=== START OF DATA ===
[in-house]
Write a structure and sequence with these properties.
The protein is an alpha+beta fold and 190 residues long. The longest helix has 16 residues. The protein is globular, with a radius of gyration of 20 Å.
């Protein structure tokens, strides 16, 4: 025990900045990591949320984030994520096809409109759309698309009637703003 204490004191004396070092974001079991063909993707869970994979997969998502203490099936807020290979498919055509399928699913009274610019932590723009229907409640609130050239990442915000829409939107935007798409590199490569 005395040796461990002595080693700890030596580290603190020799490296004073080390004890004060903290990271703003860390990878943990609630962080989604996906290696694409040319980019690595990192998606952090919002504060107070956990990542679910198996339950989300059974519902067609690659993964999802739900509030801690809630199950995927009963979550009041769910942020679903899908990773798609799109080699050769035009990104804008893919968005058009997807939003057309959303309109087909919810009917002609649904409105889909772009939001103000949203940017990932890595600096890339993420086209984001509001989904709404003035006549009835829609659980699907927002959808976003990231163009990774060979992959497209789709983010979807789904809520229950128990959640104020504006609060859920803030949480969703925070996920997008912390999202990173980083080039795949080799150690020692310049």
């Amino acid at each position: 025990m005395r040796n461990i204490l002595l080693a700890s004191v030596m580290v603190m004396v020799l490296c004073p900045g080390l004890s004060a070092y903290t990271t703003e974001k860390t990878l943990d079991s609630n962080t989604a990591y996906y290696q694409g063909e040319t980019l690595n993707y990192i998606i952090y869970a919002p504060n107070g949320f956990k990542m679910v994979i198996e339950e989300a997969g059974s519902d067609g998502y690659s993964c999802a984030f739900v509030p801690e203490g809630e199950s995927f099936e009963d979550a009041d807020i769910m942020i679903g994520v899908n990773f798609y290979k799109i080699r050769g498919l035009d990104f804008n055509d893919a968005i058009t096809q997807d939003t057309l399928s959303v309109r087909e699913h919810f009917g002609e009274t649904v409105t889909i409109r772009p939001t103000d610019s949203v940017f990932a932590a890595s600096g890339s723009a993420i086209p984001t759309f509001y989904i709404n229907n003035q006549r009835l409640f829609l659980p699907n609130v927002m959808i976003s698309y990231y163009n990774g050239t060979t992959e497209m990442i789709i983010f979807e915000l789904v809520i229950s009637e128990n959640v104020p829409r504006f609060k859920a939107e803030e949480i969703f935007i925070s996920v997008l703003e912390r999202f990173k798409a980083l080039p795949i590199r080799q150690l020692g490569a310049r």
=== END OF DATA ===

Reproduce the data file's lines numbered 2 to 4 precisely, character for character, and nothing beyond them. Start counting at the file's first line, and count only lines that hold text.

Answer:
Write a structure and sequence with these properties.
The protein is an alpha+beta fold and 190 residues long. The longest helix has 16 residues. The protein is globular, with a radius of gyration of 20 Å.
């Protein structure tokens, strides 16, 4: 025990900045990591949320984030994520096809409109759309698309009637703003 204490004191004396070092974001079991063909993707869970994979997969998502203490099936807020290979498919055509399928699913009274610019932590723009229907409640609130050239990442915000829409939107935007798409590199490569 005395040796461990002595080693700890030596580290603190020799490296004073080390004890004060903290990271703003860390990878943990609630962080989604996906290696694409040319980019690595990192998606952090919002504060107070956990990542679910198996339950989300059974519902067609690659993964999802739900509030801690809630199950995927009963979550009041769910942020679903899908990773798609799109080699050769035009990104804008893919968005058009997807939003057309959303309109087909919810009917002609649904409105889909772009939001103000949203940017990932890595600096890339993420086209984001509001989904709404003035006549009835829609659980699907927002959808976003990231163009990774060979992959497209789709983010979807789904809520229950128990959640104020504006609060859920803030949480969703925070996920997008912390999202990173980083080039795949080799150690020692310049």